“On a rugged island of the Canary archipelago in Spain, a whistled language known as Silbo Gomero is still in force thanks to compulsory classes for children at school”. Thus begins Raphael Minder, correspondent in Spain of the North American newspaper The New York Times, his report on the tradition of the language of the whistle in La Gomera.
Titled The poetry of my island: the guardians of the whistled language in the Canary Islands, Minder recounts this ancestral form of communication between the Gomerans and stars Antonio Márquez Navarro, a local who invites some hikers -explains the journalist- to come closer to where they are to see the slaughter of a pig.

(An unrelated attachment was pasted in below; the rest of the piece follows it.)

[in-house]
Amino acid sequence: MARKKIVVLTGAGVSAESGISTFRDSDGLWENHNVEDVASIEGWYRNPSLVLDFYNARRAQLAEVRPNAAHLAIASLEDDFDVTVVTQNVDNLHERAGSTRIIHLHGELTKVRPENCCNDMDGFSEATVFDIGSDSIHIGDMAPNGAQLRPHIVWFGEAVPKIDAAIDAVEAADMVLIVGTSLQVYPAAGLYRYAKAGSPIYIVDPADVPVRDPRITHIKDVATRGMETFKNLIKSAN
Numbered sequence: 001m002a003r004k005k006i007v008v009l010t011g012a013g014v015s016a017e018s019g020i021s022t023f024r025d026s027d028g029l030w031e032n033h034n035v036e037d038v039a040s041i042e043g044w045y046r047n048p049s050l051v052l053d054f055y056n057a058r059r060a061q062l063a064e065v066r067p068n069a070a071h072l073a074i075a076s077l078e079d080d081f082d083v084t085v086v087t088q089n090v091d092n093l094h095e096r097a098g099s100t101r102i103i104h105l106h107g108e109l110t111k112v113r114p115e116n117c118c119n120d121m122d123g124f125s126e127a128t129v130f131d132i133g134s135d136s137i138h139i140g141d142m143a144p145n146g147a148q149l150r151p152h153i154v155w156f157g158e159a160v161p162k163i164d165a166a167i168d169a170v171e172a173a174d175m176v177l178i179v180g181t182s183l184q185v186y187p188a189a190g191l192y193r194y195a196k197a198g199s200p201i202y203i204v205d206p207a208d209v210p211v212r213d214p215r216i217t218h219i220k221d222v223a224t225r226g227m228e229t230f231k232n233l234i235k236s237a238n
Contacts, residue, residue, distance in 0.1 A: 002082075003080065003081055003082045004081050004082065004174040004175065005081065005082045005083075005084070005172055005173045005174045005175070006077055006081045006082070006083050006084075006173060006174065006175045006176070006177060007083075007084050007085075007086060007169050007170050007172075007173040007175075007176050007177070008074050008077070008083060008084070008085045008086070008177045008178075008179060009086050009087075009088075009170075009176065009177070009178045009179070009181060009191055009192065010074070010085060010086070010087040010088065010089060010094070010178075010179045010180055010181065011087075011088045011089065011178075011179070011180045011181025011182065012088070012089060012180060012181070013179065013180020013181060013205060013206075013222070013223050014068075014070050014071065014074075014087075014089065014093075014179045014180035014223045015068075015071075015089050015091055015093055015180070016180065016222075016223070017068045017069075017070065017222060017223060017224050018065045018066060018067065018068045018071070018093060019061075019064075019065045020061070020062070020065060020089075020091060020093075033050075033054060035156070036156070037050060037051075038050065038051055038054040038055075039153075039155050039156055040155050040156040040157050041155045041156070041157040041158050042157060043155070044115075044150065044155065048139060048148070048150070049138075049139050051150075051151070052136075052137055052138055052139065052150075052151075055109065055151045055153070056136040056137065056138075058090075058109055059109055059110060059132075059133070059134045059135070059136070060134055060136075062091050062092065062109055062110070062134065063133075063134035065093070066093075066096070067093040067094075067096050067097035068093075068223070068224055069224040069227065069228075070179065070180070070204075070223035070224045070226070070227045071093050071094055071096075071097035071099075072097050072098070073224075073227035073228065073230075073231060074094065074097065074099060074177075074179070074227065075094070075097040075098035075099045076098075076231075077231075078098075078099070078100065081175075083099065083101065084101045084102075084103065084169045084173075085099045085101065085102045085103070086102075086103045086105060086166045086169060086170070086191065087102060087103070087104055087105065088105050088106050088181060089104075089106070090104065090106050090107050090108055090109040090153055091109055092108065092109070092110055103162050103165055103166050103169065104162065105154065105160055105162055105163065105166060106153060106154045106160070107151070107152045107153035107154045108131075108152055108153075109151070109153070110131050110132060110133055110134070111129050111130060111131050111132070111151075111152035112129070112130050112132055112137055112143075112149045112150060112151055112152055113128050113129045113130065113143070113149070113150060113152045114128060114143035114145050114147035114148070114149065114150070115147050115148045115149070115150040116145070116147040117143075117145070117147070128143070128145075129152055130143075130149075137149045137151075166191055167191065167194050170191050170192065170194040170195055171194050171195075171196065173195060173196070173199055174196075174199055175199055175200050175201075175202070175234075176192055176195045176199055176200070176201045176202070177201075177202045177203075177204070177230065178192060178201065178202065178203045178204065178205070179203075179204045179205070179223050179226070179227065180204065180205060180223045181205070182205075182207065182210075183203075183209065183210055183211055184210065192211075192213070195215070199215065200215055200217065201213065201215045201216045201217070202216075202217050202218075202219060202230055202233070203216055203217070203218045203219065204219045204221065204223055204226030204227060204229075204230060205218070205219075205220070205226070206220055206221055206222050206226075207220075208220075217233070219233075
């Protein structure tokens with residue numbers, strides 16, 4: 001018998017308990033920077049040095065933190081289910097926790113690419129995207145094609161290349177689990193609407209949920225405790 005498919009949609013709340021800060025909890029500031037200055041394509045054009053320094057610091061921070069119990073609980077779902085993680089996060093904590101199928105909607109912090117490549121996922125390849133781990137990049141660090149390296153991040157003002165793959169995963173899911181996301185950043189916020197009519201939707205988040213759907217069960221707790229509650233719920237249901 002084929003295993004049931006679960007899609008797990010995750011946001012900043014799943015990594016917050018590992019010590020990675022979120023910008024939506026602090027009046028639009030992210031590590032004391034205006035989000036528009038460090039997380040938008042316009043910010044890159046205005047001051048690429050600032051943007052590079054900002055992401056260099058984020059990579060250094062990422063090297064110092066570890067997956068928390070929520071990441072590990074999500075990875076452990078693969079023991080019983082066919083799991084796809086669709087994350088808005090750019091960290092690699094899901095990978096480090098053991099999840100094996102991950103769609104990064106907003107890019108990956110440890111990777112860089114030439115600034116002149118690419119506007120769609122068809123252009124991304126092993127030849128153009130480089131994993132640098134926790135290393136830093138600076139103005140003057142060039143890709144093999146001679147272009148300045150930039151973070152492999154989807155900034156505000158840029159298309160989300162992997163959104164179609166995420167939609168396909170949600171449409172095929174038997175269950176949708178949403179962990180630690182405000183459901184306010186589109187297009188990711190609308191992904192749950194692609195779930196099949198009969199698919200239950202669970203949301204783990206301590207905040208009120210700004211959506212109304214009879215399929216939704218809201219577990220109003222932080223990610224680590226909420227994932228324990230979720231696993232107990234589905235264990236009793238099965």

“Come here, we are going to kill the pig” – without saying a word: he whistled it, he explains to his readers. Minder narrates that Márquez, 71, said “that in his youth, when local shepherds, and not tourists, traveled the steep trails of his island, his news would have been immediately greeted by an answering hiss, loud and clearor”. The hikers continued on their way.